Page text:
Thursday, January 14, 2010

Albert Schweitzer... January 14, 1875-September 4, 1965

Remembering Albert Schweitzer

Born on January 14, 1875 in a country village in Alsace (then part of Germany; later part of France), Albert Schweitzer was the son of a Lutheran pastor. Albert Schweitzer (1875-1965) was an accomplished theologian, musicologist, organ technician, physician and surgeon, missionary, philosopher of ethics, lecturer, writer and the builder and chief force of the famous hospital at Lambarene, in Gabon, the former French Equatorial Africa.

He was awarded the Nobel Peace Prize in 1952. He is known for his compassion and respect for animals. During his life he stated, “We need a boundless ethic which will include the animals also. The ethics of respect for life makes us keep on the lookout together for opportunities of bringing some sort of help to animals, to make up for the great miseries men inflict on them.”

In 1949 Albert visited the United States and in 1952 he received the Nobel Peace Prize to add to such other recognitions as the Goethe prize of Frankfurt and numerous honorary doctorates awarded by many universities.

Another reflection from Schweitzer, "The time will come when public opinion will no longer tolerate amusements based on the mistreatment and killing of animals. The time will come, but when? When will we reach the point that hunting, the pleasure in killing animals for sport, will be regarded as a mental aberration?"

The monies associated with the Nobel Prize were expended towards the accomodation of persons afflicted with leprosy at Lambaréné.

Albert Schweitzer died September 4, 1965 and was buried in the grounds of the medical mission to which he had devoted his life. He was ninety years of age at the time and had remained actively involved in the medical mission at Lambaréné for almost fifty years.

There is a hospital in Haiti named after this incredible man: Hôpital Albert Schweitzer in Deschapelles, Haiti. Hospital Albert Schweitzer Haiti, founded by Larry Mellon and Gwen Grant Mellon in 1956, is an integrated rural health system that provides medical care and community health and development programs for 300,000 impoverished people in the Artibonite Valley of central Haiti. Larry Mellon was inspired by the life and philosophy of Albert Schweitzer to dedicate his life to the creation of this hospital.The hospital is located in Deschapelles. Email Also visit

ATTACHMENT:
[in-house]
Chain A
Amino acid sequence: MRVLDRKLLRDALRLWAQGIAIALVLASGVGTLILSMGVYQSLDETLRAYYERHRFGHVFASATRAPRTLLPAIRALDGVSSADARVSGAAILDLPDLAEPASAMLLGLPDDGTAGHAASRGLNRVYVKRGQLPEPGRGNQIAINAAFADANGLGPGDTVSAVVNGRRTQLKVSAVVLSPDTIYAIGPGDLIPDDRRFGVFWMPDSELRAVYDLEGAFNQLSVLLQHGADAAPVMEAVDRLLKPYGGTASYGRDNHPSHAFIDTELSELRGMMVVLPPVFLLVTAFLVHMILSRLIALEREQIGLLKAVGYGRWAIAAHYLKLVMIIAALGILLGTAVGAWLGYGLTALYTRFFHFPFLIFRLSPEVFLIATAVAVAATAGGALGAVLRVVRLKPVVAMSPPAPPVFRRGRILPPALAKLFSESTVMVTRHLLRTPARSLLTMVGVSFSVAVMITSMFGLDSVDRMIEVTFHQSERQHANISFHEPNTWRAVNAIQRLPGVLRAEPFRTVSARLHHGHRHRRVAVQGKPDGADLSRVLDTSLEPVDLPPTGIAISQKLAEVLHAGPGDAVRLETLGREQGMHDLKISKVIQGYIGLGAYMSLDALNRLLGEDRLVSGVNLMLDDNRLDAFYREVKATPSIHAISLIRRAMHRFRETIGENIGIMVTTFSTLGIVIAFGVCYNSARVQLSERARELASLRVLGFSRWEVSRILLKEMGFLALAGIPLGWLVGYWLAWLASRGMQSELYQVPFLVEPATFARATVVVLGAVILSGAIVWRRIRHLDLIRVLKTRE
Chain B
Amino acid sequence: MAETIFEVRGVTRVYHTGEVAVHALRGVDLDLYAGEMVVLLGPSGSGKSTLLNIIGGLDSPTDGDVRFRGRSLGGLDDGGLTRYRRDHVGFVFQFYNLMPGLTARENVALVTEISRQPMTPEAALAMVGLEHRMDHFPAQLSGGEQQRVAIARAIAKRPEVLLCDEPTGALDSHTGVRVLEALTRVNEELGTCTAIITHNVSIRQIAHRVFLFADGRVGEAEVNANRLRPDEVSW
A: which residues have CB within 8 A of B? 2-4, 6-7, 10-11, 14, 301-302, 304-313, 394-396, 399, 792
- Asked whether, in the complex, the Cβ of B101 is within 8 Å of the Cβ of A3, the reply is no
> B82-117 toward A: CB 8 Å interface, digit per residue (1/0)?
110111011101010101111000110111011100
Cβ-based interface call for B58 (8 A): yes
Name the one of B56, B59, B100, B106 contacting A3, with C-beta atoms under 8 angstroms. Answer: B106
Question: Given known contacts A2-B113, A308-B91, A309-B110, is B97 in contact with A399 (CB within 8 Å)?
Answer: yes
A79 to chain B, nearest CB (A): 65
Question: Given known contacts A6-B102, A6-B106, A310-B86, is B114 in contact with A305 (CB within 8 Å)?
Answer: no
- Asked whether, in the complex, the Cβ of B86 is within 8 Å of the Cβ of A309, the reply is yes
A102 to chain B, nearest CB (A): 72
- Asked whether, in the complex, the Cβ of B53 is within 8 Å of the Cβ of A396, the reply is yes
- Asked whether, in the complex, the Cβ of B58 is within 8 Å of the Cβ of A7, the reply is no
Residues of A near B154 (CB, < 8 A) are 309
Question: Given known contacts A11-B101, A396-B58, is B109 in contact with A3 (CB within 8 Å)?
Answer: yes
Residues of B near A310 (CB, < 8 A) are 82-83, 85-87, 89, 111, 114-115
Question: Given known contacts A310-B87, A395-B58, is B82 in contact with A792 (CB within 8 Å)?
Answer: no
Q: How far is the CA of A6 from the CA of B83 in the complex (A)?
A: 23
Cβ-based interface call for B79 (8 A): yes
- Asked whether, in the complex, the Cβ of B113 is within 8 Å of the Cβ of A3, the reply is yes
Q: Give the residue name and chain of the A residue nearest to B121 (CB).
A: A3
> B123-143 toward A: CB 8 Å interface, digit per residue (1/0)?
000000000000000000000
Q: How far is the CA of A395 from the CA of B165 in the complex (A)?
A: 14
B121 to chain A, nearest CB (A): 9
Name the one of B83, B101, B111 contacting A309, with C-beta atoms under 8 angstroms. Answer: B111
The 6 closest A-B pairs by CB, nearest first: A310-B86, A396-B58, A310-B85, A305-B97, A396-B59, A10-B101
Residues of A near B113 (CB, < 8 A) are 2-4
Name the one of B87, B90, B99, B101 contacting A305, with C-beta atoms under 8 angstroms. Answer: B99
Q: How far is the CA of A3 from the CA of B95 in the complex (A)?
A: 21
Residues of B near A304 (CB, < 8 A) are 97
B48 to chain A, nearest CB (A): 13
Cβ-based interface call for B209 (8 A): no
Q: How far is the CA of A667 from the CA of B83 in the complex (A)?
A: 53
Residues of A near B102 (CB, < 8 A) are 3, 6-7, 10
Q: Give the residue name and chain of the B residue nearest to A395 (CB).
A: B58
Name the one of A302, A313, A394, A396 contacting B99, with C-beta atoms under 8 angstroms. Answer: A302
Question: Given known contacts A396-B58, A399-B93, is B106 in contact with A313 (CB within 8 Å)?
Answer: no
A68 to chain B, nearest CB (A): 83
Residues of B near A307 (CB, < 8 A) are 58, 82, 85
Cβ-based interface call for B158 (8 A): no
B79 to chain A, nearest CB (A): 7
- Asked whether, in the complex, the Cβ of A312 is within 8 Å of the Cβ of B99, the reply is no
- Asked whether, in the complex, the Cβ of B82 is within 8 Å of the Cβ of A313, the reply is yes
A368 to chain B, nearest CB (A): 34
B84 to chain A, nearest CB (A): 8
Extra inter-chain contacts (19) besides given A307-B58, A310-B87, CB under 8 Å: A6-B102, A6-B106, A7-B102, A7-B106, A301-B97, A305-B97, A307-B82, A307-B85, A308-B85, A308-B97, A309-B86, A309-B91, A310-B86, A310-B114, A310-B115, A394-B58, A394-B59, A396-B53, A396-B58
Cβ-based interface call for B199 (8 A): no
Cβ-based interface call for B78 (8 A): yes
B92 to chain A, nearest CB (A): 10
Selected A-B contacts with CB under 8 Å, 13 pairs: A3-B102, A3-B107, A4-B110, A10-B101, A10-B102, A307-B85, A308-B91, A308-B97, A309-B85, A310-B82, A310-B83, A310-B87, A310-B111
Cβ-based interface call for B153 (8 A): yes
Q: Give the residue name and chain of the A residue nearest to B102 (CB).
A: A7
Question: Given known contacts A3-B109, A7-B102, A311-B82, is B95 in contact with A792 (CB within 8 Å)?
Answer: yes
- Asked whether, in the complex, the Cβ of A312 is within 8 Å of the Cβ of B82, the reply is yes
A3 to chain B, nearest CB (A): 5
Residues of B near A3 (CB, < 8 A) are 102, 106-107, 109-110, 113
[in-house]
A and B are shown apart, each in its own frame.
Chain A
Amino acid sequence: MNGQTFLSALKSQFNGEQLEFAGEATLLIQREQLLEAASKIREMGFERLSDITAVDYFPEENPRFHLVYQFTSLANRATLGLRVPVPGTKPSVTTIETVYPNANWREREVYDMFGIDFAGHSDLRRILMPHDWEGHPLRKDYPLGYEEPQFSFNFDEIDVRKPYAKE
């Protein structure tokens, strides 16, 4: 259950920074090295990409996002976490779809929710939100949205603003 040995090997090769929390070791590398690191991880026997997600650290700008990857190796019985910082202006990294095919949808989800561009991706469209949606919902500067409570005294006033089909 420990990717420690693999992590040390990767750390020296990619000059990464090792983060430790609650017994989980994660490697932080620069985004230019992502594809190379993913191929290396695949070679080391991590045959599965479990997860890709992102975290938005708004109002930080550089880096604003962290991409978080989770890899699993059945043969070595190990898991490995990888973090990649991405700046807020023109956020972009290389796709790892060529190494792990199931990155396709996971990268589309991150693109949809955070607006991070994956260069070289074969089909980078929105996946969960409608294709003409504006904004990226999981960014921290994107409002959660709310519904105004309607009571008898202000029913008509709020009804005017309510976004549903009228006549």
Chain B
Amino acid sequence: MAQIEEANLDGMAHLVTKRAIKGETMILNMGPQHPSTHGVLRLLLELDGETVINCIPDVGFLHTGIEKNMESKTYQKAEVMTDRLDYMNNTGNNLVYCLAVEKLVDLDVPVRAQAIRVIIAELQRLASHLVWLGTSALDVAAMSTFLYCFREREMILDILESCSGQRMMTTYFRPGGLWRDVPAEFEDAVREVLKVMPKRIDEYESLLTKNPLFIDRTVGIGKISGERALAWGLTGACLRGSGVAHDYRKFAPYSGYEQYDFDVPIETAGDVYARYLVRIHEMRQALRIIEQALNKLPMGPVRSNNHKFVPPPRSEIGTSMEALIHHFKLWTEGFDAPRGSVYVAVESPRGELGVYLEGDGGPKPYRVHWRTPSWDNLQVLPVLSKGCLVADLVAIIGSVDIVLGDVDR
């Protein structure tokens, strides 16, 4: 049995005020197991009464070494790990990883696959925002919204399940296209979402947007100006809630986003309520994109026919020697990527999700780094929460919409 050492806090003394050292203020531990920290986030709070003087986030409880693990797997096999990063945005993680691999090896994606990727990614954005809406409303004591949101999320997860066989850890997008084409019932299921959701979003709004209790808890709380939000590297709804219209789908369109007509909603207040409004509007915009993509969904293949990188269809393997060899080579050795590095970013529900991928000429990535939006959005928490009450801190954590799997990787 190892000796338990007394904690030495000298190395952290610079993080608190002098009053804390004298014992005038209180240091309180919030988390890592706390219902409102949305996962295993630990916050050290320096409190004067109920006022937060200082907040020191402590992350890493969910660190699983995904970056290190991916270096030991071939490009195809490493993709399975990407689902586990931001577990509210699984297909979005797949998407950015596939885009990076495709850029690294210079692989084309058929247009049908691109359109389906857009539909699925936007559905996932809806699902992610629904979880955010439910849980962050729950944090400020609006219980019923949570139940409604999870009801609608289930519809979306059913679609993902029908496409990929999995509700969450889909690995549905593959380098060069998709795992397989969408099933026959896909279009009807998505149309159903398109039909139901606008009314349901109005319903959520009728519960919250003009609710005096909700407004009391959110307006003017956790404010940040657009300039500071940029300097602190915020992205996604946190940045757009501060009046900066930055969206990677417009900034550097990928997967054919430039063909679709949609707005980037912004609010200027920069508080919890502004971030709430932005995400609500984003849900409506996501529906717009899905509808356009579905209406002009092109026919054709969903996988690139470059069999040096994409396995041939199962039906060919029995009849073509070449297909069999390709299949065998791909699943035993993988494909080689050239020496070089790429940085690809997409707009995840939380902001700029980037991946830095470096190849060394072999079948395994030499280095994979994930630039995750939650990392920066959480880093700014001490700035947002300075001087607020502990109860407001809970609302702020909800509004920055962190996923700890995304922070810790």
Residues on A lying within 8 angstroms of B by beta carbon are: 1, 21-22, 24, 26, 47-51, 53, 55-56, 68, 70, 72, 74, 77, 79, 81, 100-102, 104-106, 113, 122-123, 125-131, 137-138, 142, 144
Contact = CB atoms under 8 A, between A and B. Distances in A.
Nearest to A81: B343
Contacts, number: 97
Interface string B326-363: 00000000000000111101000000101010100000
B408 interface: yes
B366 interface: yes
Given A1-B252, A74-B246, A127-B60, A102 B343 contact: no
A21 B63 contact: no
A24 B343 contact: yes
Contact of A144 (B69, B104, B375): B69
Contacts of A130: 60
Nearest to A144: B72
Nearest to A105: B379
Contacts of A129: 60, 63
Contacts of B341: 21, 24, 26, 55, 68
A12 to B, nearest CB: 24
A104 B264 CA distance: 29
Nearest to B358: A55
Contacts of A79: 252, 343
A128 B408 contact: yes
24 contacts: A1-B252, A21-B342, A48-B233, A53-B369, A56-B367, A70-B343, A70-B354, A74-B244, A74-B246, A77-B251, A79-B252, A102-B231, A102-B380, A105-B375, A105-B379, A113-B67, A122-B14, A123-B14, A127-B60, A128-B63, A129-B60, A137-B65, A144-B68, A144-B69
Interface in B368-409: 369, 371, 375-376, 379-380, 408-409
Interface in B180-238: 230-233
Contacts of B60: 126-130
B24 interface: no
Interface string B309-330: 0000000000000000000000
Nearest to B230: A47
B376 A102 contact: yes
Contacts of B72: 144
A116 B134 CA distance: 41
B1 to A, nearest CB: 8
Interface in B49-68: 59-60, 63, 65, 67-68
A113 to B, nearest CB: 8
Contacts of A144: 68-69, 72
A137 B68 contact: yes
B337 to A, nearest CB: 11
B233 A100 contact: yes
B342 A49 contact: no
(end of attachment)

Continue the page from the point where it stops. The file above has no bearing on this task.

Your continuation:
There is also the Albert Schweitzer Hospital in Lambaréné, now in Gabon, west central Africa (then French Equatorial Africa.)

Schweitzer said, "As long as I can remember, I have suffered because of the great misery I saw in the world. I never really knew the artless, youthful joy of living, and I believe that many children feel this way, even when outwardly they seem to be wholly happy and without a single care.I used to suffer particularly because the poor animals must endure so much pain and want. The sight of an old, limping horse being dragged along by one man while another man struck him with a stick -- he was being driven to the Colmar slaughterhouse -- haunted me for weeks."

Albert Schweitzer wrote the following prayer for the animals he so loved:

Hear our humble prayer, O God, for our friends, the animals. Especially for animals who are suffering: for any that are hunted or lost or deserted or frightened or hungry; for all that must be put to death. We entreat for them all thy mercy and pity, and for those who deal with them, we ask a heart of compassion and gentle hands and kindly words. Make us, ourselves, to be true friends to animals and so to share the blessings of the merciful.

Albert Schweitzer quotes:

1 comment:

Patrice said...

Thanks for this post! In addition to the two hospitals you mentioned, The Albert Schweitzer Fellowship ( promotes Dr. Schweitzer's legacy in the U.S. -- supporting over 200 graduate students each year in developing and implementing 200-hour service projects that improve the health of vulnerable communities. Some of these Schweitzer Fellows are veterinary students who work to improve companion animal health in underserved areas:

On our blog, we frequently write about Dr. Schweitzer's legacy of compassion towards all living creatures. Check us out at!